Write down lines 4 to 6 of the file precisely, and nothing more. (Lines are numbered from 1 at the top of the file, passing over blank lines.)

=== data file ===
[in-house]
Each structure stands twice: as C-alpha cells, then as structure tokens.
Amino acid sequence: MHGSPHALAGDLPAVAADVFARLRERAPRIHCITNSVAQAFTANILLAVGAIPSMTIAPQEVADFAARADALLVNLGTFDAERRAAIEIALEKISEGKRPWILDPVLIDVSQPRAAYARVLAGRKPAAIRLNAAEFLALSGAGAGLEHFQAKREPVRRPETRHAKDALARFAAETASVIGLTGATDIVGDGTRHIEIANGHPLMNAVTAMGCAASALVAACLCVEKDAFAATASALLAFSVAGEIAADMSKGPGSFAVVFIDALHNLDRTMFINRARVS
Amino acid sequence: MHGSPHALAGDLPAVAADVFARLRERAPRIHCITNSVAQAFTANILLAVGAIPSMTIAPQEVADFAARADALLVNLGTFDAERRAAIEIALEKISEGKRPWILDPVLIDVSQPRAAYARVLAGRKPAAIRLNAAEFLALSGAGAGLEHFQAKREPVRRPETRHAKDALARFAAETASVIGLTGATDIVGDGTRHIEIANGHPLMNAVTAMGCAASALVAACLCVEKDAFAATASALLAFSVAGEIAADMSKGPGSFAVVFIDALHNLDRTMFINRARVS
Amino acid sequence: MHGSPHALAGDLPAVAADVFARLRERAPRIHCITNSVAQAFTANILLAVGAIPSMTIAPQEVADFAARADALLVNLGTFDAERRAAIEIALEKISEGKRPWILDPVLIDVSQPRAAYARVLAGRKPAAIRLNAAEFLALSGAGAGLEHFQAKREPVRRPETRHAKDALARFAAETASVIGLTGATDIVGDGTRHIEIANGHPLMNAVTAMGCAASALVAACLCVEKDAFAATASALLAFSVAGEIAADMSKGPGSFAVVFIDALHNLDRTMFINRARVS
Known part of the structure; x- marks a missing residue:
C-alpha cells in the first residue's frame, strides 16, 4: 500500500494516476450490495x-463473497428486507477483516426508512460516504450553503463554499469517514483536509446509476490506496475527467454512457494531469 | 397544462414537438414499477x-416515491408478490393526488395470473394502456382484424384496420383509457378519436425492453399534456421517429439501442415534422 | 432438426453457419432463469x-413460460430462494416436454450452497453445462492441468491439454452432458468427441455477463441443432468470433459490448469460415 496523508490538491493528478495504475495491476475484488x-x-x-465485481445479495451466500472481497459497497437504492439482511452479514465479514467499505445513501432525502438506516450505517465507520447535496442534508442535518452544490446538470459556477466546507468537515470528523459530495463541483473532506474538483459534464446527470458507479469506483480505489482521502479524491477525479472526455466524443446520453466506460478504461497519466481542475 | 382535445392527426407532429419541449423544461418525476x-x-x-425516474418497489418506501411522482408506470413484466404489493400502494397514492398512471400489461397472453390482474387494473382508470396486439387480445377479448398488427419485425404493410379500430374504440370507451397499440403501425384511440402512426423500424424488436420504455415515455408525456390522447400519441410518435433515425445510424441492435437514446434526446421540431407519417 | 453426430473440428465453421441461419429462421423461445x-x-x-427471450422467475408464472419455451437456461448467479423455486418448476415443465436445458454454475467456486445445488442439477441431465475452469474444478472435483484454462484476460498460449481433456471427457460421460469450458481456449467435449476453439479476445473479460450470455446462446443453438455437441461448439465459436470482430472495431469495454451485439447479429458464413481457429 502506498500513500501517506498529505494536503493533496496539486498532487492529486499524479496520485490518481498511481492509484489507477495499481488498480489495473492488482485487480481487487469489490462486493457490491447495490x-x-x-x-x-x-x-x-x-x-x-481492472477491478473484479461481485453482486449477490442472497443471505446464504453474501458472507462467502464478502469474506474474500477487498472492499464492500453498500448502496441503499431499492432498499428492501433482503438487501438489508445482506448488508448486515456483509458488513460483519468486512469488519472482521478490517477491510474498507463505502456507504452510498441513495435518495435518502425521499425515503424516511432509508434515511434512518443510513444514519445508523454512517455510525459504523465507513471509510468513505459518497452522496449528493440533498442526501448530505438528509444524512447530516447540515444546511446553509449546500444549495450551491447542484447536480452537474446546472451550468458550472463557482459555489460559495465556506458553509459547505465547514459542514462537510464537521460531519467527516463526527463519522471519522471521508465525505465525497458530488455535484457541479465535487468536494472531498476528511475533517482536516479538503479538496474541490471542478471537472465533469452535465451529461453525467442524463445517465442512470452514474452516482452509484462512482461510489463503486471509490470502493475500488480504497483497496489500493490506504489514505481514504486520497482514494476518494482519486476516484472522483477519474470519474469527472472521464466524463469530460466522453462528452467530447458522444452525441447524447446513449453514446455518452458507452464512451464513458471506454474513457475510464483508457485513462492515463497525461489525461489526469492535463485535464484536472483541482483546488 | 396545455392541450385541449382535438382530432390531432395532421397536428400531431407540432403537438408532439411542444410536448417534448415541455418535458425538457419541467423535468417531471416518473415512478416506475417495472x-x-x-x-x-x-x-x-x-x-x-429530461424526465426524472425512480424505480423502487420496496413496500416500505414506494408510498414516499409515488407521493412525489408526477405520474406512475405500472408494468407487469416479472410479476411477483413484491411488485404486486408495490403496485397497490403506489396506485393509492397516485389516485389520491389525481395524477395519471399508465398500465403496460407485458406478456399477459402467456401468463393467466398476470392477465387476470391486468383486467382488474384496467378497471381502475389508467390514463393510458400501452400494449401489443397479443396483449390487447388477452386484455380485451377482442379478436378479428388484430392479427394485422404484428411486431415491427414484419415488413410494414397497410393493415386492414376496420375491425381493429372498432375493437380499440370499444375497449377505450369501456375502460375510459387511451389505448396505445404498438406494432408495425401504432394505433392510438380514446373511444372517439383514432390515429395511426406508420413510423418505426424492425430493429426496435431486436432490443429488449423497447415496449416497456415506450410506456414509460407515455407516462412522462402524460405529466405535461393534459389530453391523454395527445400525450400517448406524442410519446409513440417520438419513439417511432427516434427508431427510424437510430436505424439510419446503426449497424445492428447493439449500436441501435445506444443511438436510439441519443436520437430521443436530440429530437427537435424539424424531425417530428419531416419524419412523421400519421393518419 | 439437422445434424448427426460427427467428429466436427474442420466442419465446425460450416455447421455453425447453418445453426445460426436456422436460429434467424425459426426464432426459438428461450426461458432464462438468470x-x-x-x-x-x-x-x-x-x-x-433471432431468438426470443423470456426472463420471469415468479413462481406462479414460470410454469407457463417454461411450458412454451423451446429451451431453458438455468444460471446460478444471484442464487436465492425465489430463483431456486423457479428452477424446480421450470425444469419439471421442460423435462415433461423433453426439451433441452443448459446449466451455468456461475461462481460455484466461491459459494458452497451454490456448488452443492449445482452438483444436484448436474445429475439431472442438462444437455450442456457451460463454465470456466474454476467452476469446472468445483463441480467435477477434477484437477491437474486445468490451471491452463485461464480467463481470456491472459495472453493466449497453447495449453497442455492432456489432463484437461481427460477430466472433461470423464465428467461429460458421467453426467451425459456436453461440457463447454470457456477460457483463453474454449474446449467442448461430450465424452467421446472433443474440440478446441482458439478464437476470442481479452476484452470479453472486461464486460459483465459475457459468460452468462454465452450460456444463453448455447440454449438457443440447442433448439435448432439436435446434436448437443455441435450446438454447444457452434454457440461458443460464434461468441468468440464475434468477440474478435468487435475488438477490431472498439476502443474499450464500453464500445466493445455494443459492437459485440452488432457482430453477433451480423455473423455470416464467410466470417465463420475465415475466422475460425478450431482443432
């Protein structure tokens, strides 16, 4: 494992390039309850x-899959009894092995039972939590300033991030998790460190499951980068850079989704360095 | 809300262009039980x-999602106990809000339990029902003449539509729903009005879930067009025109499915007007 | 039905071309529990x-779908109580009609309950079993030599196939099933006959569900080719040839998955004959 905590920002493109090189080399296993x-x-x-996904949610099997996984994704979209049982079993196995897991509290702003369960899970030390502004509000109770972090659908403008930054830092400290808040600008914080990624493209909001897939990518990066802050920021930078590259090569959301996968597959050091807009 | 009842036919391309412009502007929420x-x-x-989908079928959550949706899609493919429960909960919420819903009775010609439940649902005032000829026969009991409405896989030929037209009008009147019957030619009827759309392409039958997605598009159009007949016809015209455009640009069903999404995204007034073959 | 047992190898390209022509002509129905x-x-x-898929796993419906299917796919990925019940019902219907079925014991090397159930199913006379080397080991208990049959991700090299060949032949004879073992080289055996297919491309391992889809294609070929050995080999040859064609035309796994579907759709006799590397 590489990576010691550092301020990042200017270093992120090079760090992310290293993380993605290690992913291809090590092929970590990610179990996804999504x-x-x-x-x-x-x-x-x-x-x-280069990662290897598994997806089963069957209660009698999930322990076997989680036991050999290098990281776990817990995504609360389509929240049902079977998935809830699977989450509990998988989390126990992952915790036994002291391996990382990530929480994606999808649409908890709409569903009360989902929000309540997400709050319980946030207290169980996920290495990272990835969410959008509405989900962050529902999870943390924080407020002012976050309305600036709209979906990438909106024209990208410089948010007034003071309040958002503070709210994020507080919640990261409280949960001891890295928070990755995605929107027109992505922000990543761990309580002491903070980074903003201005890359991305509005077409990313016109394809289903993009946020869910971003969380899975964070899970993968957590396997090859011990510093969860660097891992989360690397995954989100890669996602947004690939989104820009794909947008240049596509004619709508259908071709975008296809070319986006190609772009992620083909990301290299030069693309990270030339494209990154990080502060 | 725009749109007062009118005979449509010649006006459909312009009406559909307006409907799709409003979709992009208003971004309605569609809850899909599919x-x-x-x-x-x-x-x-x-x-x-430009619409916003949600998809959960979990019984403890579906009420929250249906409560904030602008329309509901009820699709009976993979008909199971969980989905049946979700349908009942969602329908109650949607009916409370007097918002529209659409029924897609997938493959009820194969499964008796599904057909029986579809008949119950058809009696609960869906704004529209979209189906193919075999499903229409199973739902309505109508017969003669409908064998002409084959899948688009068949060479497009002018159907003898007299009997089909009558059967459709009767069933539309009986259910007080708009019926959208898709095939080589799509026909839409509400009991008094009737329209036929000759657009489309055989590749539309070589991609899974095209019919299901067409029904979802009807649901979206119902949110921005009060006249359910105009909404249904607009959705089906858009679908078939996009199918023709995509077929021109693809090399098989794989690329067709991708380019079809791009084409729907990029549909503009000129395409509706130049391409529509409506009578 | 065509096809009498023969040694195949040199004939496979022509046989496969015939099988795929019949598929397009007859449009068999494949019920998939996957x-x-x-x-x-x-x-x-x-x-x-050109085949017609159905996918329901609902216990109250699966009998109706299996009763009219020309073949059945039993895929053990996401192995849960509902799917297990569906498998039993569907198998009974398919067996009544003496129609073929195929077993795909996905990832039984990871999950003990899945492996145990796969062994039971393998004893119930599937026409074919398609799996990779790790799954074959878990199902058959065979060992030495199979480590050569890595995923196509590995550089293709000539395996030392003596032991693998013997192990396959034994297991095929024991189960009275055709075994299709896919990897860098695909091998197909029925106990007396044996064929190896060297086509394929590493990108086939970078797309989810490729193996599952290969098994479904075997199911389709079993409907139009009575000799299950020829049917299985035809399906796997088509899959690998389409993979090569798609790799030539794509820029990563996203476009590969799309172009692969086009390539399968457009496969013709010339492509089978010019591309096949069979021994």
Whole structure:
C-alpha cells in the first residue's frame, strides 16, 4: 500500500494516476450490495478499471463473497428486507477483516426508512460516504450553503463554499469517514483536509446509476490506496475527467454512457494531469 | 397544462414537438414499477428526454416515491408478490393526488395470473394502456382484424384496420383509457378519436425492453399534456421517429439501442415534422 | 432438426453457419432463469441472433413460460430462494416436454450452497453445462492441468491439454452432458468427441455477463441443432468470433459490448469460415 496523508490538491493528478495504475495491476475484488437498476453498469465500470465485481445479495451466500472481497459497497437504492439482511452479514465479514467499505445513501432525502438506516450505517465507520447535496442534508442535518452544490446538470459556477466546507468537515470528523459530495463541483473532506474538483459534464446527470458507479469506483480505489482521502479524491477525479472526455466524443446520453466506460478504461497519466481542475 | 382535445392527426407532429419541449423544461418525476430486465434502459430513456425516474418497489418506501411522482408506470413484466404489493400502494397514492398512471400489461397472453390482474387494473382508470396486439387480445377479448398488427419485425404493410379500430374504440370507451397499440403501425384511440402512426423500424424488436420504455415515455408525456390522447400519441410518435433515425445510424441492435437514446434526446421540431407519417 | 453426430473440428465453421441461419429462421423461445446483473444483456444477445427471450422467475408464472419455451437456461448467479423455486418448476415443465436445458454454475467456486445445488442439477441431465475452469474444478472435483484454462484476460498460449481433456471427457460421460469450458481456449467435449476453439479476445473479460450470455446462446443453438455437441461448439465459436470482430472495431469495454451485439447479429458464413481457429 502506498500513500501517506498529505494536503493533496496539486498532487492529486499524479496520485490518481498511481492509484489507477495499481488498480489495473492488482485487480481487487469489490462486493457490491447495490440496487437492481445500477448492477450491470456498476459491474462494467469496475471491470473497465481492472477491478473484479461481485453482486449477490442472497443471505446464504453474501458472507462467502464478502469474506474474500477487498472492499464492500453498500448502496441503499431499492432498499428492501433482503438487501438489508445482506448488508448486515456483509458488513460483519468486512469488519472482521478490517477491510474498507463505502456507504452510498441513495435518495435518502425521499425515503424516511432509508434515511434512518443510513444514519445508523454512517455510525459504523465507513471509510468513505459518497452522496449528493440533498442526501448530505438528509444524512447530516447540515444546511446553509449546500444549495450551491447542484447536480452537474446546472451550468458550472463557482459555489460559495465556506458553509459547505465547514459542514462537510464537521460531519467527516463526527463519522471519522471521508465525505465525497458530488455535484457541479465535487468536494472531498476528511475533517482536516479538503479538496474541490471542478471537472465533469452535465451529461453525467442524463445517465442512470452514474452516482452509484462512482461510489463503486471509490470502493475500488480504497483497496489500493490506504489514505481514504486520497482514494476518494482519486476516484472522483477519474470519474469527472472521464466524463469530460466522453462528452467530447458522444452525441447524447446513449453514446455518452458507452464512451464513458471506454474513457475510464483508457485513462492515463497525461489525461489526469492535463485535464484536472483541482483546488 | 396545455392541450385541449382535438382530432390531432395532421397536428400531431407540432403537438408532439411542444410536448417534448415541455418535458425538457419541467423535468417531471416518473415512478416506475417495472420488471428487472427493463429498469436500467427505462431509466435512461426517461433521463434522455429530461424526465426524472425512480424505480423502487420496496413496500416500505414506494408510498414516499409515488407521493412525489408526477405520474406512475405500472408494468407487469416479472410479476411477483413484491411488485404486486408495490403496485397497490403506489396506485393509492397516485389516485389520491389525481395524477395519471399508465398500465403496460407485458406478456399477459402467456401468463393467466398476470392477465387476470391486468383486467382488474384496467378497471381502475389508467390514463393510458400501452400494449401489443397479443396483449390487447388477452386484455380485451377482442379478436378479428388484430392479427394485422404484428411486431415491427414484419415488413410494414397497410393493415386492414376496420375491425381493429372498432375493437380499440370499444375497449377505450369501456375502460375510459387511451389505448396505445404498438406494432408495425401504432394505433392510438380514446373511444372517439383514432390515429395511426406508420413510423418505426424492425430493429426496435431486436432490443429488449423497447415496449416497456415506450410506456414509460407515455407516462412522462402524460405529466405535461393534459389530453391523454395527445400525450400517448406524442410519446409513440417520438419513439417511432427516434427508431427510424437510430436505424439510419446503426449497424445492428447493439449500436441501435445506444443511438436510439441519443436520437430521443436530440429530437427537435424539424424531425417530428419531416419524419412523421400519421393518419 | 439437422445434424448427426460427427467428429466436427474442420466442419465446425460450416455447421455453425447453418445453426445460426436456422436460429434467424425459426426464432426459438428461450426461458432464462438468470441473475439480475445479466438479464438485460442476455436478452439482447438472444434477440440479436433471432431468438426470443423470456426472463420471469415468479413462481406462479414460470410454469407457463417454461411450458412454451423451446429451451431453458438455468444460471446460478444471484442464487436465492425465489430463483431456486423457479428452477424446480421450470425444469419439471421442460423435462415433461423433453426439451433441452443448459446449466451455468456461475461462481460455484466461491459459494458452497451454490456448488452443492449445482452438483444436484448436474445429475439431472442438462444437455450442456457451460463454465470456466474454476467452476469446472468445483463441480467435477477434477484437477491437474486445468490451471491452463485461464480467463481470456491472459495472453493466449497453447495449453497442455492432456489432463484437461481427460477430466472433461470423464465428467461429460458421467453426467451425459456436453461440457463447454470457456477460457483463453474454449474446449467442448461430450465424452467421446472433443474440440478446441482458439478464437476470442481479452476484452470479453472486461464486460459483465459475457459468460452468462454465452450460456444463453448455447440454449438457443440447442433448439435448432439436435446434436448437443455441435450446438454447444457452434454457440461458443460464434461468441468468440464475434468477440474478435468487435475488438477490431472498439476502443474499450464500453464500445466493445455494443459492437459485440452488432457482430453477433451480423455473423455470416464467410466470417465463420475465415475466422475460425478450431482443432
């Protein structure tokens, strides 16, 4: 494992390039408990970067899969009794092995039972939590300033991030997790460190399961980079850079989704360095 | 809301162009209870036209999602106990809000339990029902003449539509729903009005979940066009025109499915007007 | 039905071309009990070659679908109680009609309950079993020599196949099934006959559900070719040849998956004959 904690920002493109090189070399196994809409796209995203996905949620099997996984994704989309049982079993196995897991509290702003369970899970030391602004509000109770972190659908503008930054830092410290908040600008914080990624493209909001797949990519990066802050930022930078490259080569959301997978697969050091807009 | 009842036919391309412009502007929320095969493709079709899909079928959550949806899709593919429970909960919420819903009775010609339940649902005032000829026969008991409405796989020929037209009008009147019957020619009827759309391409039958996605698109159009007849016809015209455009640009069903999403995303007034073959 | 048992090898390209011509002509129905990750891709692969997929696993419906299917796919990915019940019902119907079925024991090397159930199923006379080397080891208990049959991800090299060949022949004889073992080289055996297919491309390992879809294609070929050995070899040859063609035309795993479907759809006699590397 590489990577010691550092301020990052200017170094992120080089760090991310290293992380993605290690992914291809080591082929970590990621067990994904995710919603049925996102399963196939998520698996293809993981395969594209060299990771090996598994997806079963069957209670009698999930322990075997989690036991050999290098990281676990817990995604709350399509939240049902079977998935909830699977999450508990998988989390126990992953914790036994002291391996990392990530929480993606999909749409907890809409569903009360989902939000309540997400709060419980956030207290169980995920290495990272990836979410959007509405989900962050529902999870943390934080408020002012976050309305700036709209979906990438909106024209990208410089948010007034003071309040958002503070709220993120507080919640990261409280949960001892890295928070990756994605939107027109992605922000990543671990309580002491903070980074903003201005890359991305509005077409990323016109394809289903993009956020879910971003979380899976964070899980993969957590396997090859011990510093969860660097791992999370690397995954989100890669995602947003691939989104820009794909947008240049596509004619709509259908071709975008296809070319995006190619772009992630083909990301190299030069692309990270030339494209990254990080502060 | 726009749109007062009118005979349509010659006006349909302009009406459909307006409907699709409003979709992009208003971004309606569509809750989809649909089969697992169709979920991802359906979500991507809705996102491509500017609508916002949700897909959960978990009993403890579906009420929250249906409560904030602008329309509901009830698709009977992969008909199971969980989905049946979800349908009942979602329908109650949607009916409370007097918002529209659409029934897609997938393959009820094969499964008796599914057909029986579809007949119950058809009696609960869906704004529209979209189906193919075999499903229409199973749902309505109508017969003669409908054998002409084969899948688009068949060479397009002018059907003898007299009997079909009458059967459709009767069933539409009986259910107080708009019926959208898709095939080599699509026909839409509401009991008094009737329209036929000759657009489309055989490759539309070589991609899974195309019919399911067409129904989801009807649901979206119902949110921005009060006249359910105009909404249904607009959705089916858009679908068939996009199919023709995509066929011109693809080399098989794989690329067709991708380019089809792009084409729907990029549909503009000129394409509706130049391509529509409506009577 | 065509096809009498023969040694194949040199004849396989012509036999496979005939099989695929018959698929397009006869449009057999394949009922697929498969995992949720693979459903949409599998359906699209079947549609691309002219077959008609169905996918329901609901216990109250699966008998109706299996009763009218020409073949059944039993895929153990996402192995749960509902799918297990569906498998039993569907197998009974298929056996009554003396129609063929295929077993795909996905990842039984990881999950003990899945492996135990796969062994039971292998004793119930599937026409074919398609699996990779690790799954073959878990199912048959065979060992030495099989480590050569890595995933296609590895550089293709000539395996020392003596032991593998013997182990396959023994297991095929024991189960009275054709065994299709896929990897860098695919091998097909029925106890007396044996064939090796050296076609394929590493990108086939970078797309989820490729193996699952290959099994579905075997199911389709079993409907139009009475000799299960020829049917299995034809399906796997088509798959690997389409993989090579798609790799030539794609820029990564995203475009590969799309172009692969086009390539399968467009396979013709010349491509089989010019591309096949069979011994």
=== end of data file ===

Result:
Amino acid sequence: MHGSPHALAGDLPAVAADVFARLRERAPRIHCITNSVAQAFTANILLAVGAIPSMTIAPQEVADFAARADALLVNLGTFDAERRAAIEIALEKISEGKRPWILDPVLIDVSQPRAAYARVLAGRKPAAIRLNAAEFLALSGAGAGLEHFQAKREPVRRPETRHAKDALARFAAETASVIGLTGATDIVGDGTRHIEIANGHPLMNAVTAMGCAASALVAACLCVEKDAFAATASALLAFSVAGEIAADMSKGPGSFAVVFIDALHNLDRTMFINRARVS
Amino acid sequence: MHGSPHALAGDLPAVAADVFARLRERAPRIHCITNSVAQAFTANILLAVGAIPSMTIAPQEVADFAARADALLVNLGTFDAERRAAIEIALEKISEGKRPWILDPVLIDVSQPRAAYARVLAGRKPAAIRLNAAEFLALSGAGAGLEHFQAKREPVRRPETRHAKDALARFAAETASVIGLTGATDIVGDGTRHIEIANGHPLMNAVTAMGCAASALVAACLCVEKDAFAATASALLAFSVAGEIAADMSKGPGSFAVVFIDALHNLDRTMFINRARVS
Known part of the structure; x- marks a missing residue: